Foreman Pro Cleaning services many types of commercial spaces throughout Maryland, Virginia and Washington D.C. There’s one type of environment that has its own special cleaning requirement – critical environments.
A critical environment, which is sometimes called a controlled environment, is an area that requires precise environmental conditions. For example, in a critical environment, temperature and air quality must often be precisely managed. Furthermore, it’s crucial that these rooms are “segregated” or partitioned off from the rest of a facility.
These precise management protocols help limit contamination in the space, which is vitally important for the work that’s being done. For example, laboratories, electronics assembly rooms, electrical rooms, data centers, and building “engine” rooms fall within the critical and controlled environment category.
Beyond temperature controls, critical environments may also have several other requirements, including:
- Contamination limits
- Power/electrical requirements
- Precision equipment filtering
- Special security protocol
- Lighting limits
Ultimately, there are many classes of a critical environment. Some critical environments have much more stringent contamination limits like sterile rooms, buffer rooms, and cleanrooms. Others – like assembly rooms and electrical rooms – tend to have less stringent requirements.
Key Requirements of a Critical Environment
Often, critical environments are separate, stand-alone areas within a business. In larger manufacturing facilities, an entire floor might be considered a controlled environment. In field operations, a small 10×10 space may be viewed as a critical environment.
No matter the size, these spaces can utilize filters, insulation and pressure control to maintain precise environmental conditions. The majority of critical environments control three factors:
• Pressure – Many controlled environments are pressurized. This limits outside contaminants from entering the environment.
• Temperature/Humidity – Critical environments typically have autonomous heating/cooling systems to maintain consistent temperatures. This protects equipment, as well as lab conditions. Some also require humidity control.
• Segregation – Critical environments must be separate, or “segregated,” from the rest of commercial space. Often, they’re built as stand-alone, partitioned areas with their own walls and ceiling. This helps keep the environment free from contaminants and allows for temperature and pressure to be adequately controlled.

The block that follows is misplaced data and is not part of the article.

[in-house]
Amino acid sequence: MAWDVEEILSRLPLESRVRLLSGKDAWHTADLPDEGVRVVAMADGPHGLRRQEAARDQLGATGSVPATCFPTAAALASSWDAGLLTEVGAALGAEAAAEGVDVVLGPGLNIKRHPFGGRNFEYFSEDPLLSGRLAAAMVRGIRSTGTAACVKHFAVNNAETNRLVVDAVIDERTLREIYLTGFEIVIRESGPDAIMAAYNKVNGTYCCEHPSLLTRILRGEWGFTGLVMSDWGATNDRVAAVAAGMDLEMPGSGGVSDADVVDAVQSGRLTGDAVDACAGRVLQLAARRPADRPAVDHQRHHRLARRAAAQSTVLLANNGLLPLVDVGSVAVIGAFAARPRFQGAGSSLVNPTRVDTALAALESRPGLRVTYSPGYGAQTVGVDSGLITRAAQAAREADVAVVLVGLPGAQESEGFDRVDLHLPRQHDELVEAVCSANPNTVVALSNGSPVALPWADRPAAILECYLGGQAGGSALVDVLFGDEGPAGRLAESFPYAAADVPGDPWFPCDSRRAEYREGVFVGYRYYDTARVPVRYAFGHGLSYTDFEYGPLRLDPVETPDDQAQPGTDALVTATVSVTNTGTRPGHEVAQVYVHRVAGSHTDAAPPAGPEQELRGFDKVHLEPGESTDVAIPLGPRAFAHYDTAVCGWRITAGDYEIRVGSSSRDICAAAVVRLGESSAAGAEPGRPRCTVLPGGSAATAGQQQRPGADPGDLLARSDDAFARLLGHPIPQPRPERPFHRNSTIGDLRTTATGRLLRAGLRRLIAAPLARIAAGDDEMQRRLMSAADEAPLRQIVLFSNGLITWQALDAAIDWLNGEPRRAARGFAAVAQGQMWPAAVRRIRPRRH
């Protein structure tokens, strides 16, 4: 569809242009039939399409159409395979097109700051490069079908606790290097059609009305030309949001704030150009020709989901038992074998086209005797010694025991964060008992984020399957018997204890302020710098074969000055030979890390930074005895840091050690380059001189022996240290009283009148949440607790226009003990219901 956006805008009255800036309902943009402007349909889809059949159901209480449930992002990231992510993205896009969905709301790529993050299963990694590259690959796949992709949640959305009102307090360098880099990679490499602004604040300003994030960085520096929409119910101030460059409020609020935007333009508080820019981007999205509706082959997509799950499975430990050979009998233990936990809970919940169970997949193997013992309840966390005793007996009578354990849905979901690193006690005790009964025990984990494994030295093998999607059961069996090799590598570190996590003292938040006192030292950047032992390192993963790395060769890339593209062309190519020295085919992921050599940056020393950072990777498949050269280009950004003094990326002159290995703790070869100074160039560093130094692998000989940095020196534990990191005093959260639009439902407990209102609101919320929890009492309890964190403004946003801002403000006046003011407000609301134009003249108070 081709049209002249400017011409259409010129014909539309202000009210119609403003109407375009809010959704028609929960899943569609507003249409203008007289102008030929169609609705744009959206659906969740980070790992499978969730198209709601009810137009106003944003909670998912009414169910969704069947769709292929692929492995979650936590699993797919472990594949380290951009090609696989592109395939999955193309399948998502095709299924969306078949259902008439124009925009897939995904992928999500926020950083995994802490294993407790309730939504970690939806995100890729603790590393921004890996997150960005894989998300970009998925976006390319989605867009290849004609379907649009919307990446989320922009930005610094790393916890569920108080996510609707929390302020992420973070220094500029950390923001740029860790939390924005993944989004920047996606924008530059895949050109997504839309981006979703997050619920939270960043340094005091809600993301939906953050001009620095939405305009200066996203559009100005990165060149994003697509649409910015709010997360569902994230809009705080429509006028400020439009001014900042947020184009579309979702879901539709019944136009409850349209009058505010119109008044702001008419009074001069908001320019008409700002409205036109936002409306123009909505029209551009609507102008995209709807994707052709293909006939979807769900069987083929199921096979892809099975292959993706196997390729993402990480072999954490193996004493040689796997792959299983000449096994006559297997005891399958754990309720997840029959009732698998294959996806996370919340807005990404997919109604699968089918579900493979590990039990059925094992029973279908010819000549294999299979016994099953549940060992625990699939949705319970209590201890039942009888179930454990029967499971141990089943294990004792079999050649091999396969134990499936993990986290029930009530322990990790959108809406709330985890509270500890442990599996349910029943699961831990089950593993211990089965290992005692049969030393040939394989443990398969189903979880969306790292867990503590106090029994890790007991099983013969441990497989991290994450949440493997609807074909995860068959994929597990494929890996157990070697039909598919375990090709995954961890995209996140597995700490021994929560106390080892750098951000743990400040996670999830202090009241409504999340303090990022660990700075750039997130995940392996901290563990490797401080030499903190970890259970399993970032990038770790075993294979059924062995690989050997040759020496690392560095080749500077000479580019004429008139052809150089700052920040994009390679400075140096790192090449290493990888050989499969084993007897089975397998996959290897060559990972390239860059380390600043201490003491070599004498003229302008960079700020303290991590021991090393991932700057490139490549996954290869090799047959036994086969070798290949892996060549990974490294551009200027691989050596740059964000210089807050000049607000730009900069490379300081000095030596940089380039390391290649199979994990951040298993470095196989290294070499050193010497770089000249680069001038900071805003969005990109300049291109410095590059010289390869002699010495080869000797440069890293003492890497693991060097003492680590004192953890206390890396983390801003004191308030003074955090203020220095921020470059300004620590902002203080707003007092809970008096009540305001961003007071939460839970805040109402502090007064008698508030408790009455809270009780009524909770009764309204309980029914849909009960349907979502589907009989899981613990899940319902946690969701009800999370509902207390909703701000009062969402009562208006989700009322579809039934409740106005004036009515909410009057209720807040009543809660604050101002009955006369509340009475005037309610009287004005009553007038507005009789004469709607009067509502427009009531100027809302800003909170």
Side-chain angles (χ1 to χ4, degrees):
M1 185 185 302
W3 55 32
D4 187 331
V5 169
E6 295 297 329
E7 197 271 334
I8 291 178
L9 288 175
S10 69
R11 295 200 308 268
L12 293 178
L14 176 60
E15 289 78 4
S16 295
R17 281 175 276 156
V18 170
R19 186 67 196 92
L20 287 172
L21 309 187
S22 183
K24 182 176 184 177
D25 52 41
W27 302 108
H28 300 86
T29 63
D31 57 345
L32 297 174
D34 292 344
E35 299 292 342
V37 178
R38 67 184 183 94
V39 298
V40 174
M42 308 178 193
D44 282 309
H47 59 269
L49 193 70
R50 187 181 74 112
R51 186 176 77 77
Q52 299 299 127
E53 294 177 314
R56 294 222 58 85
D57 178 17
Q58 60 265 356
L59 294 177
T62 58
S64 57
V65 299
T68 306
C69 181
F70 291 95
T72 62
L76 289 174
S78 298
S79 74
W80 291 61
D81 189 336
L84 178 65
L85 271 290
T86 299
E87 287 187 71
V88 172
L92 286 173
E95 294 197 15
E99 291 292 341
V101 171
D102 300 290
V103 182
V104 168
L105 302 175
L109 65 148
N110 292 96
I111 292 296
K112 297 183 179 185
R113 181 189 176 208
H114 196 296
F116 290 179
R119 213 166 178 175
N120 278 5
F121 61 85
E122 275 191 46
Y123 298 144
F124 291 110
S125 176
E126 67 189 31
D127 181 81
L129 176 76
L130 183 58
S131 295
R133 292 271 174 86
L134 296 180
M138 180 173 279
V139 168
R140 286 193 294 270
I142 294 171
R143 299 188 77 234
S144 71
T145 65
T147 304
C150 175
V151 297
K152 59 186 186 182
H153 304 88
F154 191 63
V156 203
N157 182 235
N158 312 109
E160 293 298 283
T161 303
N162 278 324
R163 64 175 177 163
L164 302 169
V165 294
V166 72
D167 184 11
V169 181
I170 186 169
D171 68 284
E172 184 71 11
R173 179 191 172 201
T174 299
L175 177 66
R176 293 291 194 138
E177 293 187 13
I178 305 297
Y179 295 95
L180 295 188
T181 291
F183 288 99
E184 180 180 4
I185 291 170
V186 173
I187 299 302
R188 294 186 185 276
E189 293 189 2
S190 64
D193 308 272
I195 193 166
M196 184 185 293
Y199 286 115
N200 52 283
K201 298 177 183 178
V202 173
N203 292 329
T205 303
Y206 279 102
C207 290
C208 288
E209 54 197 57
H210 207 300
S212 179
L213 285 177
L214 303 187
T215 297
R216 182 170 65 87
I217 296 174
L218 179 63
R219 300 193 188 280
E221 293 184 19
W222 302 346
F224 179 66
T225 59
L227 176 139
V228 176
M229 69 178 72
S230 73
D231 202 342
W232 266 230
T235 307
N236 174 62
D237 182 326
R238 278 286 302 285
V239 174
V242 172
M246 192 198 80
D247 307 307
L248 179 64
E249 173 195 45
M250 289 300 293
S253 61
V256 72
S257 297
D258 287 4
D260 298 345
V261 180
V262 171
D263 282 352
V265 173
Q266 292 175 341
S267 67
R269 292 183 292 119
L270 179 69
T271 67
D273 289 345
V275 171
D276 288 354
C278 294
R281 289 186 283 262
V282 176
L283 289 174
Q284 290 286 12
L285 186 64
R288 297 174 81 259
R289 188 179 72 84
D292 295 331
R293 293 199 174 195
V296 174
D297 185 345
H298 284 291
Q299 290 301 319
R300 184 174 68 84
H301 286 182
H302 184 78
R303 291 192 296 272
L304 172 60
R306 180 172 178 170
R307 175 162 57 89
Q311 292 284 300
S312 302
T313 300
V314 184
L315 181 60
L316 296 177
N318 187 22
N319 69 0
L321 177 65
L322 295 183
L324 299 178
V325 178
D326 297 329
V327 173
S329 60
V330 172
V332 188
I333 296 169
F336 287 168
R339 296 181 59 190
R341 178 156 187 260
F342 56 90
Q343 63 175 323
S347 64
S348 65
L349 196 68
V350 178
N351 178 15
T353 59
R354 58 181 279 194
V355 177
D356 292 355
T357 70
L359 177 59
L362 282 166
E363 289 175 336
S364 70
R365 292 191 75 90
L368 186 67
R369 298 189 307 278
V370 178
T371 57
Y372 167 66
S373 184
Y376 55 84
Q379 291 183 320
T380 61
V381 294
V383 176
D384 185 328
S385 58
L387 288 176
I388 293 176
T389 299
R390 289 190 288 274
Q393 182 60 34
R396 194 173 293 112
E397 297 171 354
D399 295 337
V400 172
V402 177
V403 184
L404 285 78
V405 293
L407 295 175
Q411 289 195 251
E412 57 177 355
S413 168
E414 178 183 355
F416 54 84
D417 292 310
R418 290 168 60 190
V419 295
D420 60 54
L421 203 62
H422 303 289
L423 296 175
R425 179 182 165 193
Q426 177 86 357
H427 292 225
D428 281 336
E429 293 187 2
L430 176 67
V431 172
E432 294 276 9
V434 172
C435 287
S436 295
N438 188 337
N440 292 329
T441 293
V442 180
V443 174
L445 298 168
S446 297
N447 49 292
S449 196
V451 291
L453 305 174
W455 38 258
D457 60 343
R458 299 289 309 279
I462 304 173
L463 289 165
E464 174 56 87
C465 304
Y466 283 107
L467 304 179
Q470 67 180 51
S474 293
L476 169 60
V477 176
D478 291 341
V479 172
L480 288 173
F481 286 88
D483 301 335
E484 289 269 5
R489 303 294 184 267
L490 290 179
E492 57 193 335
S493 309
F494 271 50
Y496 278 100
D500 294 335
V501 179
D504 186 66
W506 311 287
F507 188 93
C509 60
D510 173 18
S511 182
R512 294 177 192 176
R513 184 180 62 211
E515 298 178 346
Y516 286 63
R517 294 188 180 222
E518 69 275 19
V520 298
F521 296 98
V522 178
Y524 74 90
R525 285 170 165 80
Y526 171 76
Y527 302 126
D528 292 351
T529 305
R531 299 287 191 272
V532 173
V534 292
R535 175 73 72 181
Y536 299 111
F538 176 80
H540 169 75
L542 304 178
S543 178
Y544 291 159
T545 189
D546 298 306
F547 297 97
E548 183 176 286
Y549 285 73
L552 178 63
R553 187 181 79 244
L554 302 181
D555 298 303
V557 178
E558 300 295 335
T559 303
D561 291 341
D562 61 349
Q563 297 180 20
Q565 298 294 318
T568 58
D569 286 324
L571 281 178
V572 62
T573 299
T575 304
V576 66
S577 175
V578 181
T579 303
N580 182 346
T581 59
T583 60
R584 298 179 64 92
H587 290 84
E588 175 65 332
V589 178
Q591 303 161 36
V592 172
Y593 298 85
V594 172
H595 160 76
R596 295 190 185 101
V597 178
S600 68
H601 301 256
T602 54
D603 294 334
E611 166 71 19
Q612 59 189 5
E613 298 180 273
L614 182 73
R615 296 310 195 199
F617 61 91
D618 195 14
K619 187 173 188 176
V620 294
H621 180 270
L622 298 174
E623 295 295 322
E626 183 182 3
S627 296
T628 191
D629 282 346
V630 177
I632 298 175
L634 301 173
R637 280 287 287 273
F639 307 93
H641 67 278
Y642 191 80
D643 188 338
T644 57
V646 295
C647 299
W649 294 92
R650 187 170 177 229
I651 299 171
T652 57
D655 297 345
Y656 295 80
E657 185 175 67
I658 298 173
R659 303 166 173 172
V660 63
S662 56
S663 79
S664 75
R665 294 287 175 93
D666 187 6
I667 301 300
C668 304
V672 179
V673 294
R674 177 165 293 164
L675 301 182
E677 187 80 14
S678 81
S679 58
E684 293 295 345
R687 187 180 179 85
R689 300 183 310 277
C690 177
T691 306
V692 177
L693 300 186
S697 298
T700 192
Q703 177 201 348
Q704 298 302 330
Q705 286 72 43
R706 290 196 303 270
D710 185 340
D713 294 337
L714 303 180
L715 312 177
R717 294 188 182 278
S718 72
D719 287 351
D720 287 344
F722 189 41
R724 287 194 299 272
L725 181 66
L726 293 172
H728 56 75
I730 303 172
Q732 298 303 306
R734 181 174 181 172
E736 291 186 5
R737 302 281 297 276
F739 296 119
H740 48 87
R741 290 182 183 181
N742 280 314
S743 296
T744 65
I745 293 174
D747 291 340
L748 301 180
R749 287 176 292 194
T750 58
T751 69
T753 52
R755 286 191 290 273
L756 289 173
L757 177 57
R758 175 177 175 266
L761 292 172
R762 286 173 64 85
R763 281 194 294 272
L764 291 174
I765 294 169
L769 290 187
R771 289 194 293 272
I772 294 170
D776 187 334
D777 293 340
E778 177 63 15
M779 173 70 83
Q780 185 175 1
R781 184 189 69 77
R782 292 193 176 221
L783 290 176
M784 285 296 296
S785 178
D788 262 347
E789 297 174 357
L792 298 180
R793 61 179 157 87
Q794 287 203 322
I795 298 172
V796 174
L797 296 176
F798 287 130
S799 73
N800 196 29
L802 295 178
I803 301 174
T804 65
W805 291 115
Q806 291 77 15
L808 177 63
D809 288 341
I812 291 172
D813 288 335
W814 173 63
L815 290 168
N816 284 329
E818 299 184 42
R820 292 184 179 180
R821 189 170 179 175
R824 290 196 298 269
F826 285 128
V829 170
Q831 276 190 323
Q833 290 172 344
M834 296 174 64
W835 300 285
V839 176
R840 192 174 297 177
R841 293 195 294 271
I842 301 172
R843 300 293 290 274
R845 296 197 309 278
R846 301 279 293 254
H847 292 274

Critical Environment vs. Cleanroom
The terms critical environment and cleanroom are commonly used interchangeably. There are distinct differences between these types of environments. Cleanrooms, for example, are a necessary type of environment. But cleanrooms require much more stringent controls.
In a cleanroom, pressure, temperature, and segregation are essential. But to be considered a cleanroom, space must meet more stringent contaminate requirements, including:
Dust Particle Requirements. A cleanroom must have very low levels of pollutants, dust and airborne microbes. In cleanrooms, these tiny particulates can disturb the work that’s occurring. For example, dust can compromise chemistry testing or microelectronics manufacturing.
Filter Requirements. Most cleanrooms utilize advanced HEPA filtering systems, which clean the air. There are several levels of cleanroom; the lowest, ISO-9, has a similar particulate density to what you’d find in most urban air. ISO-1, the cleanest, filters for microscopic dust and microbes.
Boots, Shoe Covers, etc. Often cleanrooms require occupants to wear boots, suits, and masks to limit contamination. Alternate critical environments may not need personal protection gear.
Cleaning Critical Environments: Considerations
Each critical environment has its own unique cleaning requirements. Some can be serviced annually or semi-annually, while others require daily cleaning. To ensure the best cleaning of a critical environment, a few factors to consider include:
• Frequency – Frequency is dependent on the type of work that’s being done and how clean the environment must be. Labs, for example, require spotless work areas, while assembly rooms may not.
• Types of Equipment – Another factor that determines cleaning frequency is the type of equipment that’s being used. Dust and particles can damage electronics, servers, and digital scientific equipment. More frequent cleaning is essential to keep this type of equipment safe.
• Cleaning Agents and Equipment – Ultimately, critical environments require precise cleaning chemicals and equipment to be used. HEPA-filter vacuums are a must, as are shred-resistant and/or low lint wipes. Specialized, low-pH chemicals may be necessary, as well. And, shoe-covers (as well as masks and coats, in some cases) should also be worn by cleaning staff.
Bottom line, critical environments have special needs when it comes to environmental controls and cleaning. Foreman Pro cleaning offers expertise in critical environment cleaning. Contact us today to learn how we can help!